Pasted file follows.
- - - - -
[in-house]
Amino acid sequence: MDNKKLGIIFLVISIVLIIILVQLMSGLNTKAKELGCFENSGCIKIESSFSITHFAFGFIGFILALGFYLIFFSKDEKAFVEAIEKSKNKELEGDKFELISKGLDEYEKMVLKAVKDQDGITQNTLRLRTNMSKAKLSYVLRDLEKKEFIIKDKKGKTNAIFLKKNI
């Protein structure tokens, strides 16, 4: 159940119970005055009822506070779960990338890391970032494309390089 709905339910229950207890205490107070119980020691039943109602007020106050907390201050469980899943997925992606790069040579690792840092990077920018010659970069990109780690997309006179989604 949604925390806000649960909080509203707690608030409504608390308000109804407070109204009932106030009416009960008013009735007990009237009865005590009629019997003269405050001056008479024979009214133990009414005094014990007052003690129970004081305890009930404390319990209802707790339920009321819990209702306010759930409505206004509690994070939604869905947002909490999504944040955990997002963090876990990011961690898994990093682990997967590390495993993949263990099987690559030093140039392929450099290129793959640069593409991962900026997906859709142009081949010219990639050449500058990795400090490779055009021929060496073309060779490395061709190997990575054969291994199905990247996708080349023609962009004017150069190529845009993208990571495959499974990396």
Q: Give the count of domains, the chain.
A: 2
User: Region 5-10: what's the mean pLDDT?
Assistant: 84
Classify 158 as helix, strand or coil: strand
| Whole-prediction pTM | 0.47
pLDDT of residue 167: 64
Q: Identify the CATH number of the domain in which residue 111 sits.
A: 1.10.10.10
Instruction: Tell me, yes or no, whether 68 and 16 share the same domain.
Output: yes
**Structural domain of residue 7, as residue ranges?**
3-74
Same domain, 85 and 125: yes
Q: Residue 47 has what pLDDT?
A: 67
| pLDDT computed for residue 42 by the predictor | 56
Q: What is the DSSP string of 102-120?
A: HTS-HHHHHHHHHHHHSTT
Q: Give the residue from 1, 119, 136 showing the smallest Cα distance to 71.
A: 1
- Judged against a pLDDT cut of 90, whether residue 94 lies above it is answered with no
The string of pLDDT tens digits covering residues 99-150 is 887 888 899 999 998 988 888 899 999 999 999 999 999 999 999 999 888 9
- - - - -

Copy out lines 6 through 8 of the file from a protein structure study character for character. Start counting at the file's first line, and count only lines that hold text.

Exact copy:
User: Region 5-10: what's the mean pLDDT?
Assistant: 84
Classify 158 as helix, strand or coil: strand